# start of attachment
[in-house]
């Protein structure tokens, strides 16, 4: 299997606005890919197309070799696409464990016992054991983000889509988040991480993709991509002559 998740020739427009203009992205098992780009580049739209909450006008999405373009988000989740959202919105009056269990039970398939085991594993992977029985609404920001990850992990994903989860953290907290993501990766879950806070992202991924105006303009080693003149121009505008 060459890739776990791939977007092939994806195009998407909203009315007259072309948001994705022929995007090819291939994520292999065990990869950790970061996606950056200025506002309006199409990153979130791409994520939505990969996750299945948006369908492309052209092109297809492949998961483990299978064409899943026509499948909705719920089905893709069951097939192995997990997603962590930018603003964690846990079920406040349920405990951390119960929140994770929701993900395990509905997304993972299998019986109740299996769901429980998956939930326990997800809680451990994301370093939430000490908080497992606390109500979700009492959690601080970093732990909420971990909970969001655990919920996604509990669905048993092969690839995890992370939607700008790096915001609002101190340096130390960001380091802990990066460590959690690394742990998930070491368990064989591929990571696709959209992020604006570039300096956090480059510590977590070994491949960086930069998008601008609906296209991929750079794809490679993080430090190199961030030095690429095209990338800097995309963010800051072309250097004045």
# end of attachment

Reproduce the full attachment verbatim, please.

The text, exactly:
[in-house]
């Protein structure tokens, strides 16, 4: 299997606005890919197309070799696409464990016992054991983000889509988040991480993709991509002559 998740020739427009203009992205098992780009580049739209909450006008999405373009988000989740959202919105009056269990039970398939085991594993992977029985609404920001990850992990994903989860953290907290993501990766879950806070992202991924105006303009080693003149121009505008 060459890739776990791939977007092939994806195009998407909203009315007259072309948001994705022929995007090819291939994520292999065990990869950790970061996606950056200025506002309006199409990153979130791409994520939505990969996750299945948006369908492309052209092109297809492949998961483990299978064409899943026509499948909705719920089905893709069951097939192995997990997603962590930018603003964690846990079920406040349920405990951390119960929140994770929701993900395990509905997304993972299998019986109740299996769901429980998956939930326990997800809680451990994301370093939430000490908080497992606390109500979700009492959690601080970093732990909420971990909970969001655990919920996604509990669905048993092969690839995890992370939607700008790096915001609002101190340096130390960001380091802990990066460590959690690394742990998930070491368990064989591929990571696709959209992020604006570039300096956090480059510590977590070994491949960086930069998008601008609906296209991929750079794809490679993080430090190199961030030095690429095209990338800097995309963010800051072309250097004045």